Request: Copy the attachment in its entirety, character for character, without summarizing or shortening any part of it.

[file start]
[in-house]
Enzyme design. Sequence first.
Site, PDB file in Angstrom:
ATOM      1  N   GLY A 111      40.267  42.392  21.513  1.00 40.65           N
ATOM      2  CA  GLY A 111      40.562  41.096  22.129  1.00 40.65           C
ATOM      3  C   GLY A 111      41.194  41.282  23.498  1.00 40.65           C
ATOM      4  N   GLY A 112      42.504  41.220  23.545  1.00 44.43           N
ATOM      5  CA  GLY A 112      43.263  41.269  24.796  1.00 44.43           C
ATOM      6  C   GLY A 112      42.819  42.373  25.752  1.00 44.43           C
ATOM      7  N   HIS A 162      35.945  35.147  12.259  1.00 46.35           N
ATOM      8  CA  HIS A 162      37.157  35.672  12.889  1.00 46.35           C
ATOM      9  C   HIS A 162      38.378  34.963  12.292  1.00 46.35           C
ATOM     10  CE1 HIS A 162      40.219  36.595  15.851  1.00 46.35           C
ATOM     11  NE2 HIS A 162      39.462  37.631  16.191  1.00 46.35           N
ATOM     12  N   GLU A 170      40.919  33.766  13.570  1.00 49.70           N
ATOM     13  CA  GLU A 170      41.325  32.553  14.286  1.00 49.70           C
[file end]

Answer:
[in-house]
Enzyme design. Sequence first.
Site, PDB file in Angstrom:
ATOM      1  N   GLY A 111      40.267  42.392  21.513  1.00 40.65           N
ATOM      2  CA  GLY A 111      40.562  41.096  22.129  1.00 40.65           C
ATOM      3  C   GLY A 111      41.194  41.282  23.498  1.00 40.65           C
ATOM      4  N   GLY A 112      42.504  41.220  23.545  1.00 44.43           N
ATOM      5  CA  GLY A 112      43.263  41.269  24.796  1.00 44.43           C
ATOM      6  C   GLY A 112      42.819  42.373  25.752  1.00 44.43           C
ATOM      7  N   HIS A 162      35.945  35.147  12.259  1.00 46.35           N
ATOM      8  CA  HIS A 162      37.157  35.672  12.889  1.00 46.35           C
ATOM      9  C   HIS A 162      38.378  34.963  12.292  1.00 46.35           C
ATOM     10  CE1 HIS A 162      40.219  36.595  15.851  1.00 46.35           C
ATOM     11  NE2 HIS A 162      39.462  37.631  16.191  1.00 46.35           N
ATOM     12  N   GLU A 170      40.919  33.766  13.570  1.00 49.70           N
ATOM     13  CA  GLU A 170      41.325  32.553  14.286  1.00 49.70           C